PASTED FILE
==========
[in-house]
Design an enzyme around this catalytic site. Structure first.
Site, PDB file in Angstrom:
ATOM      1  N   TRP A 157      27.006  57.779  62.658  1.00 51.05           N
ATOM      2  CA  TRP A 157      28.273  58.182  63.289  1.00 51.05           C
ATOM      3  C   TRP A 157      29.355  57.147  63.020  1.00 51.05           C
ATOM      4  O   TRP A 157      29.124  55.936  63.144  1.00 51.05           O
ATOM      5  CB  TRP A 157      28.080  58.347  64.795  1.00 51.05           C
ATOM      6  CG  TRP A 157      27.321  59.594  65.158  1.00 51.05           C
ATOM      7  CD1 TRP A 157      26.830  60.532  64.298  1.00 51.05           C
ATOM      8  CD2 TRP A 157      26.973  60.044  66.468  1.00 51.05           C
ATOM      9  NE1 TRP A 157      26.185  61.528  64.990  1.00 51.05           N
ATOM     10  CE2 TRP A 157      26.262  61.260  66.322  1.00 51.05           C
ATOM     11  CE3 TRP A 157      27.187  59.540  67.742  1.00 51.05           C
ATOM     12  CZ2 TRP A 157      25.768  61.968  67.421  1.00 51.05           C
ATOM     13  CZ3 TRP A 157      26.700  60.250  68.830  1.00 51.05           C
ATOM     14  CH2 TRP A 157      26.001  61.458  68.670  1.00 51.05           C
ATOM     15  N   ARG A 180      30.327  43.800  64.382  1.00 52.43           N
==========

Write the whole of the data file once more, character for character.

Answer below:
[in-house]
Design an enzyme around this catalytic site. Structure first.
Site, PDB file in Angstrom:
ATOM      1  N   TRP A 157      27.006  57.779  62.658  1.00 51.05           N
ATOM      2  CA  TRP A 157      28.273  58.182  63.289  1.00 51.05           C
ATOM      3  C   TRP A 157      29.355  57.147  63.020  1.00 51.05           C
ATOM      4  O   TRP A 157      29.124  55.936  63.144  1.00 51.05           O
ATOM      5  CB  TRP A 157      28.080  58.347  64.795  1.00 51.05           C
ATOM      6  CG  TRP A 157      27.321  59.594  65.158  1.00 51.05           C
ATOM      7  CD1 TRP A 157      26.830  60.532  64.298  1.00 51.05           C
ATOM      8  CD2 TRP A 157      26.973  60.044  66.468  1.00 51.05           C
ATOM      9  NE1 TRP A 157      26.185  61.528  64.990  1.00 51.05           N
ATOM     10  CE2 TRP A 157      26.262  61.260  66.322  1.00 51.05           C
ATOM     11  CE3 TRP A 157      27.187  59.540  67.742  1.00 51.05           C
ATOM     12  CZ2 TRP A 157      25.768  61.968  67.421  1.00 51.05           C
ATOM     13  CZ3 TRP A 157      26.700  60.250  68.830  1.00 51.05           C
ATOM     14  CH2 TRP A 157      26.001  61.458  68.670  1.00 51.05           C
ATOM     15  N   ARG A 180      30.327  43.800  64.382  1.00 52.43           N